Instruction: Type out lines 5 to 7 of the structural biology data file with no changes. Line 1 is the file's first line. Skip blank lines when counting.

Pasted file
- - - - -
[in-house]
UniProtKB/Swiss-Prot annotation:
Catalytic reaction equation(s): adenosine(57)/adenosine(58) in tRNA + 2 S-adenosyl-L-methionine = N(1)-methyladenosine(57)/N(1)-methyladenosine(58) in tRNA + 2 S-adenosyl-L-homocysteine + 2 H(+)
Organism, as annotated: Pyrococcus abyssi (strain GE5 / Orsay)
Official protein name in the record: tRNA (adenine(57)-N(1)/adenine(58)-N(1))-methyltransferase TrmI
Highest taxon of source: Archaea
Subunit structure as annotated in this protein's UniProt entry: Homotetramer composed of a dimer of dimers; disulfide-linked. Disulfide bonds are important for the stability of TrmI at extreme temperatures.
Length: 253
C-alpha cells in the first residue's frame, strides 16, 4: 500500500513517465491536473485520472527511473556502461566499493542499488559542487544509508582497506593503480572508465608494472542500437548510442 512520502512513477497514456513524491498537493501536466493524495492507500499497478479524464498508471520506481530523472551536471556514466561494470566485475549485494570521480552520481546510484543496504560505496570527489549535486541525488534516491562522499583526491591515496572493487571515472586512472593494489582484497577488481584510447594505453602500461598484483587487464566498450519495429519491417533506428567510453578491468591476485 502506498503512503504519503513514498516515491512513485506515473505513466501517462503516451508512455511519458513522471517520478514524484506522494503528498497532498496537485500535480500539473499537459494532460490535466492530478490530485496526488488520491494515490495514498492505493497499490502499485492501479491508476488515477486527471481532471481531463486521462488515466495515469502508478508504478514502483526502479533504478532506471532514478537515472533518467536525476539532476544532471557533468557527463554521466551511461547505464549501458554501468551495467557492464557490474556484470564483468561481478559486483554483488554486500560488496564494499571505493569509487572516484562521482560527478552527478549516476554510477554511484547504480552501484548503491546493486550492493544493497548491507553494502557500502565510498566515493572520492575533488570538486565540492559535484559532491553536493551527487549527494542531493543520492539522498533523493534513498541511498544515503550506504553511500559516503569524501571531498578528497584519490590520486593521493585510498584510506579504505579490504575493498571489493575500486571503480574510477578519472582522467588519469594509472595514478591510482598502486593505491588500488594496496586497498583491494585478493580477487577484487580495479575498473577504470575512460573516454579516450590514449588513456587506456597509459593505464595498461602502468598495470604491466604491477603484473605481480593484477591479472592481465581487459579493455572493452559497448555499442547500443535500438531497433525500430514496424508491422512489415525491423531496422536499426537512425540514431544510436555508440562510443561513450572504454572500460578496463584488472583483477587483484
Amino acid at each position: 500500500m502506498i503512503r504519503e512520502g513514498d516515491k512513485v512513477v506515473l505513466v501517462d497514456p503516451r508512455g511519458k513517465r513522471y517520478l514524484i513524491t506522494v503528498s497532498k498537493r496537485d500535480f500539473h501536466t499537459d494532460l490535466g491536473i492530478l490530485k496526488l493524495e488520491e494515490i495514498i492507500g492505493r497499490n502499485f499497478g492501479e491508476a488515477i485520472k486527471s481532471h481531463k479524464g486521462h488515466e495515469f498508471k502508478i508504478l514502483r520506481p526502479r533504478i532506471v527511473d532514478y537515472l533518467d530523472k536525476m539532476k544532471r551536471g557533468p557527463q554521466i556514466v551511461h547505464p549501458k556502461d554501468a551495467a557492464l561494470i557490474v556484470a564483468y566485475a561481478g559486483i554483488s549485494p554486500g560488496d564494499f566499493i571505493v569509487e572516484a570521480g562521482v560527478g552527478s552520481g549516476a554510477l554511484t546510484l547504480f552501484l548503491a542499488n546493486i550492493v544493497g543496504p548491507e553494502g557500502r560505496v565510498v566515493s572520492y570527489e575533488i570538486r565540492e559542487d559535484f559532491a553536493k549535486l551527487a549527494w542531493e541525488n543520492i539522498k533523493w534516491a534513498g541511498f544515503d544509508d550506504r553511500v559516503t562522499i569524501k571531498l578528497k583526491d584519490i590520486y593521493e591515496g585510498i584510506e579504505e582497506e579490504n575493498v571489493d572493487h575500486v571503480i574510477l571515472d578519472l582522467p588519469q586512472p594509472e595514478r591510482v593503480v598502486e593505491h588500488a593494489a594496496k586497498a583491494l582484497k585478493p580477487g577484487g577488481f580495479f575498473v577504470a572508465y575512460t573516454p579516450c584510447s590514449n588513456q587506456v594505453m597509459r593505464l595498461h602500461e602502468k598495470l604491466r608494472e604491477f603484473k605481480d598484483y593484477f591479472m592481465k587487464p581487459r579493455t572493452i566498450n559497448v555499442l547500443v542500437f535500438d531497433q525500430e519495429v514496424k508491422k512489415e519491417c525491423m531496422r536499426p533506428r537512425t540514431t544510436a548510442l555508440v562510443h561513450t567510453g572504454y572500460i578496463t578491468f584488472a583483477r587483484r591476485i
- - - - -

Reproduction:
Official protein name in the record: tRNA (adenine(57)-N(1)/adenine(58)-N(1))-methyltransferase TrmI
Highest taxon of source: Archaea
Subunit structure as annotated in this protein's UniProt entry: Homotetramer composed of a dimer of dimers; disulfide-linked. Disulfide bonds are important for the stability of TrmI at extreme temperatures.